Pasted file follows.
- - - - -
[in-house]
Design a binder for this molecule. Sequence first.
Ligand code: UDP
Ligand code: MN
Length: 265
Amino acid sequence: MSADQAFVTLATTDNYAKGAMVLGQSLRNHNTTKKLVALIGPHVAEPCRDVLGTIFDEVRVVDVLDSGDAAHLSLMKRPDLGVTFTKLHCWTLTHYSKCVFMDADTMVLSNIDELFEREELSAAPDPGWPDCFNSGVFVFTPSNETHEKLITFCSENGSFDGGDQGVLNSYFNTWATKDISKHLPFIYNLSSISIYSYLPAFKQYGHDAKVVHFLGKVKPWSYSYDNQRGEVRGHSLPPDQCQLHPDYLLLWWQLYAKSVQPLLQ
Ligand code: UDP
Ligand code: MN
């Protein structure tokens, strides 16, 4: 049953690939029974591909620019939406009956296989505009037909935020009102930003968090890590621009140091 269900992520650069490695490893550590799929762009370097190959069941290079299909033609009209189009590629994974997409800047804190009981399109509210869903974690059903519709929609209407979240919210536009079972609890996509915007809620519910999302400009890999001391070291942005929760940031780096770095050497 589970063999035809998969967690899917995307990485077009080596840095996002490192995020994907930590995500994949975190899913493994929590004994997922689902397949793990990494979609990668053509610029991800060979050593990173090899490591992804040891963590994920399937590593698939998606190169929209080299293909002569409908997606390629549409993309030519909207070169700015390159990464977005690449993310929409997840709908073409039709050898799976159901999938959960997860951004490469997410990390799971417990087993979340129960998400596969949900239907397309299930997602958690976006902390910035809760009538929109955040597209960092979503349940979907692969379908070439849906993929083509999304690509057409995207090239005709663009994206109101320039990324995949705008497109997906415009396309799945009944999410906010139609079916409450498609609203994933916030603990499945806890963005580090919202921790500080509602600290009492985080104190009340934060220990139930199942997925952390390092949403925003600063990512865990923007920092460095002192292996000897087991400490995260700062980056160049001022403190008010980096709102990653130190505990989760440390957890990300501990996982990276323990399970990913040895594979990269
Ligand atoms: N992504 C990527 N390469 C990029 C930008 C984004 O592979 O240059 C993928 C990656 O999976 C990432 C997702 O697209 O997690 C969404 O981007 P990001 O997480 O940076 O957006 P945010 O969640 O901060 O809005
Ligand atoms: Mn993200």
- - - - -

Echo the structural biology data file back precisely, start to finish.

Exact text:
[in-house]
Design a binder for this molecule. Sequence first.
Ligand code: UDP
Ligand code: MN
Length: 265
Amino acid sequence: MSADQAFVTLATTDNYAKGAMVLGQSLRNHNTTKKLVALIGPHVAEPCRDVLGTIFDEVRVVDVLDSGDAAHLSLMKRPDLGVTFTKLHCWTLTHYSKCVFMDADTMVLSNIDELFEREELSAAPDPGWPDCFNSGVFVFTPSNETHEKLITFCSENGSFDGGDQGVLNSYFNTWATKDISKHLPFIYNLSSISIYSYLPAFKQYGHDAKVVHFLGKVKPWSYSYDNQRGEVRGHSLPPDQCQLHPDYLLLWWQLYAKSVQPLLQ
Ligand code: UDP
Ligand code: MN
């Protein structure tokens, strides 16, 4: 049953690939029974591909620019939406009956296989505009037909935020009102930003968090890590621009140091 269900992520650069490695490893550590799929762009370097190959069941290079299909033609009209189009590629994974997409800047804190009981399109509210869903974690059903519709929609209407979240919210536009079972609890996509915007809620519910999302400009890999001391070291942005929760940031780096770095050497 589970063999035809998969967690899917995307990485077009080596840095996002490192995020994907930590995500994949975190899913493994929590004994997922689902397949793990990494979609990668053509610029991800060979050593990173090899490591992804040891963590994920399937590593698939998606190169929209080299293909002569409908997606390629549409993309030519909207070169700015390159990464977005690449993310929409997840709908073409039709050898799976159901999938959960997860951004490469997410990390799971417990087993979340129960998400596969949900239907397309299930997602958690976006902390910035809760009538929109955040597209960092979503349940979907692969379908070439849906993929083509999304690509057409995207090239005709663009994206109101320039990324995949705008497109997906415009396309799945009944999410906010139609079916409450498609609203994933916030603990499945806890963005580090919202921790500080509602600290009492985080104190009340934060220990139930199942997925952390390092949403925003600063990512865990923007920092460095002192292996000897087991400490995260700062980056160049001022403190008010980096709102990653130190505990989760440390957890990300501990996982990276323990399970990913040895594979990269
Ligand atoms: N992504 C990527 N390469 C990029 C930008 C984004 O592979 O240059 C993928 C990656 O999976 C990432 C997702 O697209 O997690 C969404 O981007 P990001 O997480 O940076 O957006 P945010 O969640 O901060 O809005
Ligand atoms: Mn993200």